Congratulations & Best Wishes to our Friend & Colleague: Kaen Valoise
October 22, 2020
This is a bittersweet announcement. Today, we give immense thanks and heartfelt congratulations to Kaen Valoise, the PuSh Festival’s beloved Operations Manager, who will be moving on to a wonderful new career opportunity with Capilano University as Assistant to the Director of the Indigenous Education and Affairs department. While Kaen’s last official day will be October 30, 2020, we’re delighted she will remain a dedicated member of the PuSh Advisory Group.
We are incredibly grateful for Kaen’s immense contributions to PuSh over the past six years. She has been an invaluable team member – thoughtful, caring, compassionate, and always spreading joy and laughter at PuSh. Whether in the box office or operations, she supported the team and never hesitated to go above and beyond to improve the patron experience.
We would also like to acknowledge Kaen for her ongoing support of the festival’s Organizational Review process, and her commitment to maintaining her role on the Advisory Group to help rebuild PuSh through a JEDI lens. Kaen brings a wealth of expertise and insight to this role and we’re grateful that she continues to challenge us throughout the rebuilding and reimagining of PuSh.
On behalf of the entire PuSh Family, please join us in wishing Kaen all the very best in her new chapter! We know she will go on to do incredible things in the community and beyond.
by Kaen Valoise
I’m listening to Led Zeppelin’s Ramble On. It’s a bit of a “theme song,” having long lived in the liminal — but it rings especially true today as the “leaves are falling all around.”
“And though our health we drank a thousand times, it’s time to ramble on.”
On Monday, I tended my formal letter of resignation as Operations Manager with the PuSh International Performing Arts Festival. This was not an easy decision, and if I communicate only one thing to you, I hope it’s this: I am not “moving away” from PuSh, so much as I’m “moving toward” a tremendous opportunity, to assume the role of Assistant to the Director in the Indigenous Education and Affairs department of Capilano University.
“I’ve been this way ten years to the day.”
Ten years ago, I started what would become an incredible decade of working full-time and year-round as a festival contractor. I’ve worked with many amazing and wildly different festivals, from large outdoor music festivals to a small film festival for youth. I’ve worked in the office, on the phones, in the lobby, and backstage, savouring every single aspect of festival life, and loving every minute of it. Well…. maybe “most” minutes of it!
But my relationship with PuSh goes even deeper than that. I can’t actually remember the first PuSh show I saw, but the first one I vividly remember seeing is Famous Puppet Death Scenes by the inimitable Old Trout Puppet Workshop in 2006 (and again in 2007). In fact, my best friend and I often quote it to each other to this very day.
It was a no-brainer: PuSh Festival was My Kind of Festival! I immediately became a devoted fan, avidly attending, and volunteering when I could.
“Ja Ipsy, Ja.”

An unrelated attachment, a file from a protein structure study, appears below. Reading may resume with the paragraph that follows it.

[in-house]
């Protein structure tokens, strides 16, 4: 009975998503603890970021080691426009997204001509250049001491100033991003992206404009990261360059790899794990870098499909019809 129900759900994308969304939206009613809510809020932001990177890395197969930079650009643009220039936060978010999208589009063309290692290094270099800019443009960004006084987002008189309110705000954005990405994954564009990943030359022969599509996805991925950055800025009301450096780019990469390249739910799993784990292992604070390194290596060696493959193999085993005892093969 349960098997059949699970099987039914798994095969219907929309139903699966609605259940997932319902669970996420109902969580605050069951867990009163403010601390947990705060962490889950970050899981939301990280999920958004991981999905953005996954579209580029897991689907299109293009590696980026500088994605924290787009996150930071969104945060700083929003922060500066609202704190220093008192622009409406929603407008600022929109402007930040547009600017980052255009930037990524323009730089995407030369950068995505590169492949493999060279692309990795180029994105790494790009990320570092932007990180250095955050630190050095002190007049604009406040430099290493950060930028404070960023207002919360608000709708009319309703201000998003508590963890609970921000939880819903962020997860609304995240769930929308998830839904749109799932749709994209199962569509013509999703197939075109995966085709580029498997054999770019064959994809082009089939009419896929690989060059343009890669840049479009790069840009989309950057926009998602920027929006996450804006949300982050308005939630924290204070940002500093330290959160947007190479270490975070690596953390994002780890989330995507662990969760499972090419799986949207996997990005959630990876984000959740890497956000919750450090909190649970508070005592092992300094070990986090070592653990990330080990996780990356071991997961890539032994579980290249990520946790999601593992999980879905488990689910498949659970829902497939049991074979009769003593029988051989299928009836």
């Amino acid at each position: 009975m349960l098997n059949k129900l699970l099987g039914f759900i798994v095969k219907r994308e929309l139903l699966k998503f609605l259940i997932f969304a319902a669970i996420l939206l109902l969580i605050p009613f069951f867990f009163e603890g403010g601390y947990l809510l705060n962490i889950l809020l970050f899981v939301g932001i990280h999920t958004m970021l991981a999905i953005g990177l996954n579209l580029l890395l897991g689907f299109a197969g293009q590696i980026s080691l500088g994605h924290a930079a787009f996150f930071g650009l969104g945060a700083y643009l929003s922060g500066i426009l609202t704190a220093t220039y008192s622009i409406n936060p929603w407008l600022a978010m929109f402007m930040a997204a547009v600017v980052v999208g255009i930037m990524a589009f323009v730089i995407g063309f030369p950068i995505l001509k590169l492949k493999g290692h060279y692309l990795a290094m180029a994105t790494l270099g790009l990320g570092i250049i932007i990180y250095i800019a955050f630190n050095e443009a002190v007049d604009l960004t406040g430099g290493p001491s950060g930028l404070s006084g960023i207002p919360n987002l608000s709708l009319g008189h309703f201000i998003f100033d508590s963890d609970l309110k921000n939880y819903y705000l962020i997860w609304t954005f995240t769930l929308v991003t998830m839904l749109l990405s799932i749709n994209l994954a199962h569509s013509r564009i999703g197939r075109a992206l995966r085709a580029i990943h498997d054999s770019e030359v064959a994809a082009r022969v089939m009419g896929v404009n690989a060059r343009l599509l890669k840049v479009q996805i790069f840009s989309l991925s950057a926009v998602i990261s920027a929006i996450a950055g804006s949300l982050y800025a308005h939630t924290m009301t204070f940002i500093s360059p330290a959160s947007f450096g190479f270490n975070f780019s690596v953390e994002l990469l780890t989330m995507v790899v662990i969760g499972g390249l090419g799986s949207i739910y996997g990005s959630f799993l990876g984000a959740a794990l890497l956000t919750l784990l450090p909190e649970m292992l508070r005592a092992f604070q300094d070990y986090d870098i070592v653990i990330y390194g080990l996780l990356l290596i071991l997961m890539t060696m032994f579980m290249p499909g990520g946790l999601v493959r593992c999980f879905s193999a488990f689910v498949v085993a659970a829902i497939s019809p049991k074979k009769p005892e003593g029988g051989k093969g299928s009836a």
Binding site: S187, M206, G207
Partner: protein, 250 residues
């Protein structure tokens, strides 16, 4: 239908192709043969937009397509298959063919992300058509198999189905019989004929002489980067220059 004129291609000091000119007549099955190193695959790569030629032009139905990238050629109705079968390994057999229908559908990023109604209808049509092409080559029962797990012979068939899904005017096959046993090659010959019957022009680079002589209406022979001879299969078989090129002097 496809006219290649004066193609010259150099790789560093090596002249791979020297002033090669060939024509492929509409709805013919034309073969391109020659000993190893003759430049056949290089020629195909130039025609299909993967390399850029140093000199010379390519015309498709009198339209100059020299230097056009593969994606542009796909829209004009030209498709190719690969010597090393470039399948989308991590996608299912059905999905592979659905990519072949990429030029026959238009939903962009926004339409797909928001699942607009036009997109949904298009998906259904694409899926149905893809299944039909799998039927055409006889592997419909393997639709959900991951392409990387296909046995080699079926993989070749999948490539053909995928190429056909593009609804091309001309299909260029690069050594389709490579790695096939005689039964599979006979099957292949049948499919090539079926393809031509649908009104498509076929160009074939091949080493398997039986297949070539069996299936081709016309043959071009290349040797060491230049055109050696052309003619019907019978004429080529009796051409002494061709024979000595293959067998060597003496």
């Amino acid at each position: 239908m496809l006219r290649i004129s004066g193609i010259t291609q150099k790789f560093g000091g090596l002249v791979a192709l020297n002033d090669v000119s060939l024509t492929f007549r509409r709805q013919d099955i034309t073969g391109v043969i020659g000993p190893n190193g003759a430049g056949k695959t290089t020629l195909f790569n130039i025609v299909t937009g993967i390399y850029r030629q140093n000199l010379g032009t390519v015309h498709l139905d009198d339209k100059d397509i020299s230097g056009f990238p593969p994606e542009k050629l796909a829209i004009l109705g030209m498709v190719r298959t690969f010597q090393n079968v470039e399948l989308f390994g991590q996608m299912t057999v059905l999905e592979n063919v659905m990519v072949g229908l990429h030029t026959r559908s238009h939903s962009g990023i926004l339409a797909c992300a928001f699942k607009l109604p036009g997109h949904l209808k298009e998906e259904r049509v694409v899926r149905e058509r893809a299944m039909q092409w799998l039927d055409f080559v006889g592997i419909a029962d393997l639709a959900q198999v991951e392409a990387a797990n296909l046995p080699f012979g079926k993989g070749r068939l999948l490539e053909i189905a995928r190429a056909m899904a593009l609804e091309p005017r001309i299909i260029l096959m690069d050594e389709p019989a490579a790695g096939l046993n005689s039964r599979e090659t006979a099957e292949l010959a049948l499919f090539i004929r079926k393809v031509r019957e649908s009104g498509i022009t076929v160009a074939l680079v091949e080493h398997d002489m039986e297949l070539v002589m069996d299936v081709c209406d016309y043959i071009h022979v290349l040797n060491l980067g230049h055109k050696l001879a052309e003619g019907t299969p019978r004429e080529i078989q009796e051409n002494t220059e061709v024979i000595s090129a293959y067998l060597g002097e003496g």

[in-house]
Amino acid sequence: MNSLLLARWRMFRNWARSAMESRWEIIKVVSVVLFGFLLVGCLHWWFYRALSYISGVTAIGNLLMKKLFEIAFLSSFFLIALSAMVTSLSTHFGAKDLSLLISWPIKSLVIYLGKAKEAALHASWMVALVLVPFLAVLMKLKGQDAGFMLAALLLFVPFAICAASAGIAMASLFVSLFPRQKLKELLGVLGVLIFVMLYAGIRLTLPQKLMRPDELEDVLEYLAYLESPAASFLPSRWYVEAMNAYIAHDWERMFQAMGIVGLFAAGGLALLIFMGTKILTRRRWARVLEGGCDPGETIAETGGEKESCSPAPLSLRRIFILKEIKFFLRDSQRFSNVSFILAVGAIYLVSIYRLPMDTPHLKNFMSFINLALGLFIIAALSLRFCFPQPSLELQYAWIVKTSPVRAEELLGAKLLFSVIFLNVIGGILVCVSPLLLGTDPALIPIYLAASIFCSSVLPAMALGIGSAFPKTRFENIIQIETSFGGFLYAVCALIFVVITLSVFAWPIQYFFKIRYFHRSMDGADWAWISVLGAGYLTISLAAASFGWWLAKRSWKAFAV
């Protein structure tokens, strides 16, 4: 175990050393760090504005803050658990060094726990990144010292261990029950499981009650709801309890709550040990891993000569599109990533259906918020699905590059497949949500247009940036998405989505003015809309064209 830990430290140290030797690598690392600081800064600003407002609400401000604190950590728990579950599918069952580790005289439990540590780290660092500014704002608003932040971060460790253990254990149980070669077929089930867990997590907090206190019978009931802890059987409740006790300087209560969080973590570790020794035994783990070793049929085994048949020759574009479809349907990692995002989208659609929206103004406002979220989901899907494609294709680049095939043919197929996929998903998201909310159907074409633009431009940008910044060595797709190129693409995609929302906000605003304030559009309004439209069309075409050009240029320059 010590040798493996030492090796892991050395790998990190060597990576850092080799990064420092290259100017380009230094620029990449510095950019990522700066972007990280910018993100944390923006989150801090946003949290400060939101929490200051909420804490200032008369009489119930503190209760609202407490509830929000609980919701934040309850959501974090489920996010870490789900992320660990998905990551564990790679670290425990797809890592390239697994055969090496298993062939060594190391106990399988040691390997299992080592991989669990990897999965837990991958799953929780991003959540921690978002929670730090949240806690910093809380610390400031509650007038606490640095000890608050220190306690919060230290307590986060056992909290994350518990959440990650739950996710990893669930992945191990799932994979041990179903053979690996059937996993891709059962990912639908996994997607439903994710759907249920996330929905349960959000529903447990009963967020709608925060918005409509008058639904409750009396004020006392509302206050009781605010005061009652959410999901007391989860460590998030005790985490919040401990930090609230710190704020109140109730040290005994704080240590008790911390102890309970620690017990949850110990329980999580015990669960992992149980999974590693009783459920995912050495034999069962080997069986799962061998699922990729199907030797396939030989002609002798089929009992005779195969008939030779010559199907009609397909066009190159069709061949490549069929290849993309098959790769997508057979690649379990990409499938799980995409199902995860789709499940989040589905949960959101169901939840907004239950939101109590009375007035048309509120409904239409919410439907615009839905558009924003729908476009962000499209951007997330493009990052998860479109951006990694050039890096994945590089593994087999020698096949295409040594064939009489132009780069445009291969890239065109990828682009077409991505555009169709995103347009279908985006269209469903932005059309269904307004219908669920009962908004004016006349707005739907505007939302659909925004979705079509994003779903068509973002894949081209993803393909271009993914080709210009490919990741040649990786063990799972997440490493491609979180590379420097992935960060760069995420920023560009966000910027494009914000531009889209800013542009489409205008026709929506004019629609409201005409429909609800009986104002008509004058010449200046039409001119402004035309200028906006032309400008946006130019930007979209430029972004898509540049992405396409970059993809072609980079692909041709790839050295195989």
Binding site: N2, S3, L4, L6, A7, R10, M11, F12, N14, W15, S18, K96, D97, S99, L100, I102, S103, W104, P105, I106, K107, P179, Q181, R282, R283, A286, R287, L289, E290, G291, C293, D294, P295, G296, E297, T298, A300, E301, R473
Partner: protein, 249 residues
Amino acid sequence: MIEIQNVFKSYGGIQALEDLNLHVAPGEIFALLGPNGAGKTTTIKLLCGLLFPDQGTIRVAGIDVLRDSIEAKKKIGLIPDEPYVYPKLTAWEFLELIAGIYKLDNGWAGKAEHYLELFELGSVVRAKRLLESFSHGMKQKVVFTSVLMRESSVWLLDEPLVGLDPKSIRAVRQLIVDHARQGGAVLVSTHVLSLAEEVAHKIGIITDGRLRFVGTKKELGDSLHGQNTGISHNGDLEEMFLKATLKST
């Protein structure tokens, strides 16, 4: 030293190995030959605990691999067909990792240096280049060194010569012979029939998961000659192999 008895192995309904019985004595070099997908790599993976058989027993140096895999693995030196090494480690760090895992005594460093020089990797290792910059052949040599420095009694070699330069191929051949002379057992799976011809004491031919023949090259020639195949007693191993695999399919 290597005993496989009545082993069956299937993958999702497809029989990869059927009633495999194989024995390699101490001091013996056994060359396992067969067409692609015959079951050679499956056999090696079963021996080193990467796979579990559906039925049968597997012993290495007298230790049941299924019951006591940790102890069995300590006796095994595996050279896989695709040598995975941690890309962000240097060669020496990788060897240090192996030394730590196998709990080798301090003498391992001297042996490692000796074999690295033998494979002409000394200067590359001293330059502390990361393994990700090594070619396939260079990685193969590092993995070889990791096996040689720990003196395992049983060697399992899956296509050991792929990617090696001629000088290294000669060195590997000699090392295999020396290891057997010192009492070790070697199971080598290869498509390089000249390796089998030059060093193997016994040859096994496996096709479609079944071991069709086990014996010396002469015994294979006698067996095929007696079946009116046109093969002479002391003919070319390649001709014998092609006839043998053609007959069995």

Is this goodbye forever?
“Nein Ipsy, Nein.”
“Thanks to you, I’m much obliged.”
Being hired into the Audience Services team in 2015 was one of the happiest highlights of my festival career. I hate to play favourites, but I can say without hyperbole that PuSh is one of my All-Time Top 5 Favourite Festivals. Because of PuSh, I’ve seen countless shows that have moved me, entertained me, confused me, inspired me, and challenged me. Working with PuSh has helped me sharpen many of the skills required in my new position, and I’m deeply grateful for the experience. I’ve also made friends who are more like family, and who have helped shape me into the human I am today. Like any family, we may sometimes disagree, but I will always love the many members of my PuSh family.
“Gotta find the queen of all my dreams.”
Ok, the song metaphor isn’t perfect. But this lyric does sort of apply in that I’ve been searching for something pretty much my whole life — only it’s not some “queen,” but “my past.”
When the festival came into question and under fire in recent months, neither my love for nor my dedication to PuSh wavered. It is very important for me to communicate this career shift is not in response – nor has any connection – to the above.
I have been longing to meaningfully reconnect with my stolen heritage for some time now. This is why the opportunity at Capilano University was one I could not ignore, and I’m both grateful and excited to work closely with the xwməθkwəy̓ əm (Musqueam), Skwxwú7mesh (Squamish), Səl̓ílwətaɬ (Tsleil-Waututh), Liľwat7úl (Lil’wat) and shíshálh (Sechelt) Peoples in my new role.
Although I’m shifting my relationship away from being an employee, I remain dedicated to the PuSh Festival, and I am committed to supporting the organization I love any way I can. To this end, I will continue my work with the PuSh Advisory Group; I greatly value the opportunity to participate in this in-depth review process. I’ll also be joining the Patron Circle as a monthly donor. And I remain not only open to, but I will seek out any opportunities that will allow me to elevate PuSh, one of Vancouver’s most important events and a vital part of our city’s supremely necessary arts sector.
In Ojibwe, there is no word for “goodbye,” which is fitting, because I’m not saying goodbye. I’m saying Giga-waabamin: I will with certainty see you again.